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Super-hydrophobic nanopatterned interfaces : optimization and manufacturing Moradi, Sona


This work studies in detail the effect of femtosecond laser irradiation process parameters (fluence, scanning speed and scanning overlap) on the wettability of the resulted micro/nano-patterned morphologies on stainless steel. Depending on the laser parameters, four distinctly different nano-patterns were produced, namely nano-rippled, parabolic-pillared, elongated sinusoidal-pillared and triple roughness nanostructures. All of the produced structures were classified according to a newly defined parameter, the Laser Intensity Factor (LIF) that is a function of scanning speed and fluence of laser. By increasing LIF, the ablation rate and the periodicity of the asperities increase. In order to decrease the surface energy, all of the surfaces were coated with a fluorinated alkylsilane agent. Analysis of the wettability in terms of contact angle (CA) and contact angle hysteresis (CAH) revealed enhanced superhydrophobicity for most of these structures, particularly that possessing triple roughness pattern. This also exhibited a low CAH. The high permanent superhydrophobicity of this pattern is due to the special micro-nano structure of the surface that facilitates the Cassie-Baxter state. A new two-dimensional (2D) thermodynamic model is developed to predict the contact angle (CA) and contact angle hysteresis (CAH) of all types of surface geometries, particularly those with asperities having non-flattened tops. The model is evaluated by micro/nano sinusoidal and parabolic patterns fabricated by laser ablation. These microstructures are analyzed thermodynamically through the use of the Gibbs free energy to obtain the equilibrium CA and CAH. The effects of the geometrical details on maximizing the superhydrophobicity of the nano-patterned surface are also discussed in an attempt to design surfaces with desired and/or optimum wetting characteristics. The analysis of the various surfaces reveals the important geometrical parameters, which may lead to lotus effect (high CA>150° and low CAH<10°) or petal effect (high CA>150° and high CAH>>10°).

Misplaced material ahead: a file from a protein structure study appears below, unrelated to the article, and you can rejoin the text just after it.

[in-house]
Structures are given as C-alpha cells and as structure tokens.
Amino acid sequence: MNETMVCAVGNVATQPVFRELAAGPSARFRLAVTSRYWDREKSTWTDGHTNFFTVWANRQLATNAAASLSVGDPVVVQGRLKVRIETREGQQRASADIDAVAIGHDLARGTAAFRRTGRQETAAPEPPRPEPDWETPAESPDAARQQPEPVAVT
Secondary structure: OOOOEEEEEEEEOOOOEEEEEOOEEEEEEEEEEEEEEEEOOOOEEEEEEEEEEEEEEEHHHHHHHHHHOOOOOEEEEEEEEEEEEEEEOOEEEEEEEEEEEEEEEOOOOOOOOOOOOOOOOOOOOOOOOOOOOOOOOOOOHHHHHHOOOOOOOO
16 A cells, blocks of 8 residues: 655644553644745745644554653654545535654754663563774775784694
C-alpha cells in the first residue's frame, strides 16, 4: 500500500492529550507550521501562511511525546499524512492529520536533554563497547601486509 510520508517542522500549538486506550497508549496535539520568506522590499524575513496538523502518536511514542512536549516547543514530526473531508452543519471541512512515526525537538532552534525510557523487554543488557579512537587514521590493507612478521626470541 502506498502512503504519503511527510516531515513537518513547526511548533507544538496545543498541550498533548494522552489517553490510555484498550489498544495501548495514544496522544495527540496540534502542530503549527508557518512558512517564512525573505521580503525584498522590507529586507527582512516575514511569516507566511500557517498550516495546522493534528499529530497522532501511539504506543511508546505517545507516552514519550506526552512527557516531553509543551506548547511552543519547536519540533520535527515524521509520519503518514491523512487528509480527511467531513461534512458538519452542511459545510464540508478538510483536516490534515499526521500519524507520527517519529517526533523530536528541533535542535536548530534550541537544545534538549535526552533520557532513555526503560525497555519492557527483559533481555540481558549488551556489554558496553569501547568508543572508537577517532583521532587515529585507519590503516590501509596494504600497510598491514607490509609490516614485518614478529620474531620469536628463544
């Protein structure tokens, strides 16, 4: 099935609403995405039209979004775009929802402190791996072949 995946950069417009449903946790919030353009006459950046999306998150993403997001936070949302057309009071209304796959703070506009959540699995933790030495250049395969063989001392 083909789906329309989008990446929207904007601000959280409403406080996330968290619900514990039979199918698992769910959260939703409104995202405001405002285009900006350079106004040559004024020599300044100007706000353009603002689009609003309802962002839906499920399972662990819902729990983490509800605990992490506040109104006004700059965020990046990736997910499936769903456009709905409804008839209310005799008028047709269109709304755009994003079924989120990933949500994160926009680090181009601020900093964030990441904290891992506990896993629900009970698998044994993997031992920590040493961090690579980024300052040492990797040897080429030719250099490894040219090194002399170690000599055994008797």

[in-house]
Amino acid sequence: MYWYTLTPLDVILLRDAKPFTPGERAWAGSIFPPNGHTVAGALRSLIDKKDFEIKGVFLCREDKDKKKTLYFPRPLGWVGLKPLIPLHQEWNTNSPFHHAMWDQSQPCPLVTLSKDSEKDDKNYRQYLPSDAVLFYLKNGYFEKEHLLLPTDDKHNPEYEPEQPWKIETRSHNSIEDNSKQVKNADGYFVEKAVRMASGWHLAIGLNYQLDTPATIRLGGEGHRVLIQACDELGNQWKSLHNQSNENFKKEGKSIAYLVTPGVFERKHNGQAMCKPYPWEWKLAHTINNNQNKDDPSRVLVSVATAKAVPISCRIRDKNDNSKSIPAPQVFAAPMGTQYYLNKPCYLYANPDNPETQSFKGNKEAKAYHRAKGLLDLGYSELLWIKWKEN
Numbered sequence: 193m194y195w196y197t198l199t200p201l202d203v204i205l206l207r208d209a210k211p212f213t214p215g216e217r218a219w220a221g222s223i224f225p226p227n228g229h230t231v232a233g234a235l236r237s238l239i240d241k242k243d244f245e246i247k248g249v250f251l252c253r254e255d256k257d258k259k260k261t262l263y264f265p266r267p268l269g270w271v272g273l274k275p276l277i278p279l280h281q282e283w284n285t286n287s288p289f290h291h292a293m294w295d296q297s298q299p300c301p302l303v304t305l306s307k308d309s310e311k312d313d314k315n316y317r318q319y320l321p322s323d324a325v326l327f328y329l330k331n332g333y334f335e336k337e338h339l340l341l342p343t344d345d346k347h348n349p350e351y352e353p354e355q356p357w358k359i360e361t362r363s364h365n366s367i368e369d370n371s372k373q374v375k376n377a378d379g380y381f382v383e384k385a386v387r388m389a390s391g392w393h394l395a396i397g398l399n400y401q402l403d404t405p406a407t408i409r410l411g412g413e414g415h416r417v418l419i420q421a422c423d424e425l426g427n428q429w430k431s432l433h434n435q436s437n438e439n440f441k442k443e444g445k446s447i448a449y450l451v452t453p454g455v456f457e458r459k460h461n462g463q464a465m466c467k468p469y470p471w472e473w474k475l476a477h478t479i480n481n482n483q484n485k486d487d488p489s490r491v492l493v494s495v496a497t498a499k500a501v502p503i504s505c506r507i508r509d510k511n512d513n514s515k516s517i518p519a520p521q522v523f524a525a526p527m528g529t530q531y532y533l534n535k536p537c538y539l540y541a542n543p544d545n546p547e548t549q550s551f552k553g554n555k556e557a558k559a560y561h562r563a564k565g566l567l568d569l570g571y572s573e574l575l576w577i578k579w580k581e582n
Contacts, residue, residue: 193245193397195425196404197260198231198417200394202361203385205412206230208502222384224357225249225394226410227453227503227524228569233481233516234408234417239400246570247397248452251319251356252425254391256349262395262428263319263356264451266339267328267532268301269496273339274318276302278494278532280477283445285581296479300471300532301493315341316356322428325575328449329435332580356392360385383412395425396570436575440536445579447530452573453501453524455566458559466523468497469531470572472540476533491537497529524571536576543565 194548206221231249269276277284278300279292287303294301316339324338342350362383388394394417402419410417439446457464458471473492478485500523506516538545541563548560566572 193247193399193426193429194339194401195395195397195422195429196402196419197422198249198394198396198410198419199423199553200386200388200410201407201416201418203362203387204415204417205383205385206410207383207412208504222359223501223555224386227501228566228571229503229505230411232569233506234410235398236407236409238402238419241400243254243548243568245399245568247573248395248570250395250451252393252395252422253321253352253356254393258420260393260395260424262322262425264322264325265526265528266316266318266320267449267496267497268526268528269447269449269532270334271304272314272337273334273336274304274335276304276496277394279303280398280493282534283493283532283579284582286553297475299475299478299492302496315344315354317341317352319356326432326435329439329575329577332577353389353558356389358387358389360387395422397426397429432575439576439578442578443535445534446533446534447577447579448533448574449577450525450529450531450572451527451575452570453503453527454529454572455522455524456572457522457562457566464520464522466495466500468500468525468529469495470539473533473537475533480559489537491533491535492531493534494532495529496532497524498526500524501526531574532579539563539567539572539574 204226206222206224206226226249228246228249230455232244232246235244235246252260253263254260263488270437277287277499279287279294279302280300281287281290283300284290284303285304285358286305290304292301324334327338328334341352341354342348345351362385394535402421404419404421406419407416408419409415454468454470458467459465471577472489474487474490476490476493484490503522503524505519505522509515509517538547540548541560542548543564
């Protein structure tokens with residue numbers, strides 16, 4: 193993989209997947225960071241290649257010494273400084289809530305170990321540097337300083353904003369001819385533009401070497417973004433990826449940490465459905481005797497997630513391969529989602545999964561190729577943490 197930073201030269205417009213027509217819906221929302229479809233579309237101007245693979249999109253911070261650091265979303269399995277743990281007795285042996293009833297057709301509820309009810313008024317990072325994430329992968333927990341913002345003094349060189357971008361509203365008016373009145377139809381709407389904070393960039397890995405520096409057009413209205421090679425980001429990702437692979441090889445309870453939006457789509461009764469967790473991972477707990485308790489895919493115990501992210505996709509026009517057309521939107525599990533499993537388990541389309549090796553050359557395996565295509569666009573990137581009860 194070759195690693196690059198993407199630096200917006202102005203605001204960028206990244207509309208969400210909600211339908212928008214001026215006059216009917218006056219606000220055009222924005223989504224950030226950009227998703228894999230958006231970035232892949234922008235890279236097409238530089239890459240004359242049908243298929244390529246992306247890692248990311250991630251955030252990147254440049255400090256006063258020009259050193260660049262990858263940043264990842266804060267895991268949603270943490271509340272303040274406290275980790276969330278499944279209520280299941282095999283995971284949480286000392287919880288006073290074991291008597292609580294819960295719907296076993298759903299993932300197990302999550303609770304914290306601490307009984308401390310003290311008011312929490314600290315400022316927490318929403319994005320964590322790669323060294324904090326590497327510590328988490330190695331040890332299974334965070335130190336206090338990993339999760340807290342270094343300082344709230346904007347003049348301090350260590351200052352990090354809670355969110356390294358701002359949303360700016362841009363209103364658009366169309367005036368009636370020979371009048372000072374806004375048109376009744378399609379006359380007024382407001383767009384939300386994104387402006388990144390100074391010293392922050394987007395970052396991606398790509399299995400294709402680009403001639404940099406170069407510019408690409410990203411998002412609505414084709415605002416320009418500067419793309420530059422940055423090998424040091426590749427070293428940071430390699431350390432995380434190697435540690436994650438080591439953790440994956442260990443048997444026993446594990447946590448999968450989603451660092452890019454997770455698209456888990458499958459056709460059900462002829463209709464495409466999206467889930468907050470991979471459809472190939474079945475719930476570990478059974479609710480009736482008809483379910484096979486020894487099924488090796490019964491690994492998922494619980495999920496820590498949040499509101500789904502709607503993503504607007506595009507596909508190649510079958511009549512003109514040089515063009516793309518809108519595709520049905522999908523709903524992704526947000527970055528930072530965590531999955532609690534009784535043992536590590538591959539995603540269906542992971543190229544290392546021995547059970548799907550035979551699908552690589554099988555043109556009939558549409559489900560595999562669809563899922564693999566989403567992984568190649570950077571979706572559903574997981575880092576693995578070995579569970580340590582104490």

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Attribution-NonCommercial-NoDerivs 2.5 Canada